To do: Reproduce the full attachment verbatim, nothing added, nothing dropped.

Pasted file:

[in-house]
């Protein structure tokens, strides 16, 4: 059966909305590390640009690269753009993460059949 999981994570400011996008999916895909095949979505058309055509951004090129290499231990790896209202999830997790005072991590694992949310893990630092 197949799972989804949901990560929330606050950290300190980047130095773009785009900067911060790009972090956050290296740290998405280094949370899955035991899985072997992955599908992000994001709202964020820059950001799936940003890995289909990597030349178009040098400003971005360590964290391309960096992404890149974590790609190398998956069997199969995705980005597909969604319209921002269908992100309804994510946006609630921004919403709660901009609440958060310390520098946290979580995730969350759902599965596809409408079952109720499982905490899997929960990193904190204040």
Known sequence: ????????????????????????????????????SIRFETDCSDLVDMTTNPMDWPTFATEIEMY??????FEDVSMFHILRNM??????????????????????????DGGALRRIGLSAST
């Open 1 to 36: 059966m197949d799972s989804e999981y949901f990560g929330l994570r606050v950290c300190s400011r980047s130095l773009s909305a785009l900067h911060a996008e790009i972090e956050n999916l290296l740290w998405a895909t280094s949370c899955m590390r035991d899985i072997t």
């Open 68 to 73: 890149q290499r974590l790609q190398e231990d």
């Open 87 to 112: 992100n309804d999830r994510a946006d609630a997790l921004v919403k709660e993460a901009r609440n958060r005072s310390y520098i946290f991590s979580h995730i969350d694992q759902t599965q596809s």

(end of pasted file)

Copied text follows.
[in-house]
């Protein structure tokens, strides 16, 4: 059966909305590390640009690269753009993460059949 999981994570400011996008999916895909095949979505058309055509951004090129290499231990790896209202999830997790005072991590694992949310893990630092 197949799972989804949901990560929330606050950290300190980047130095773009785009900067911060790009972090956050290296740290998405280094949370899955035991899985072997992955599908992000994001709202964020820059950001799936940003890995289909990597030349178009040098400003971005360590964290391309960096992404890149974590790609190398998956069997199969995705980005597909969604319209921002269908992100309804994510946006609630921004919403709660901009609440958060310390520098946290979580995730969350759902599965596809409408079952109720499982905490899997929960990193904190204040």
Known sequence: ????????????????????????????????????SIRFETDCSDLVDMTTNPMDWPTFATEIEMY??????FEDVSMFHILRNM??????????????????????????DGGALRRIGLSAST
């Open 1 to 36: 059966m197949d799972s989804e999981y949901f990560g929330l994570r606050v950290c300190s400011r980047s130095l773009s909305a785009l900067h911060a996008e790009i972090e956050n999916l290296l740290w998405a895909t280094s949370c899955m590390r035991d899985i072997t």
């Open 68 to 73: 890149q290499r974590l790609q190398e231990d």
């Open 87 to 112: 992100n309804d999830r994510a946006d609630a997790l921004v919403k709660e993460a901009r609440n958060r005072s310390y520098i946290f991590s979580h995730i969350d694992q759902t599965q596809s």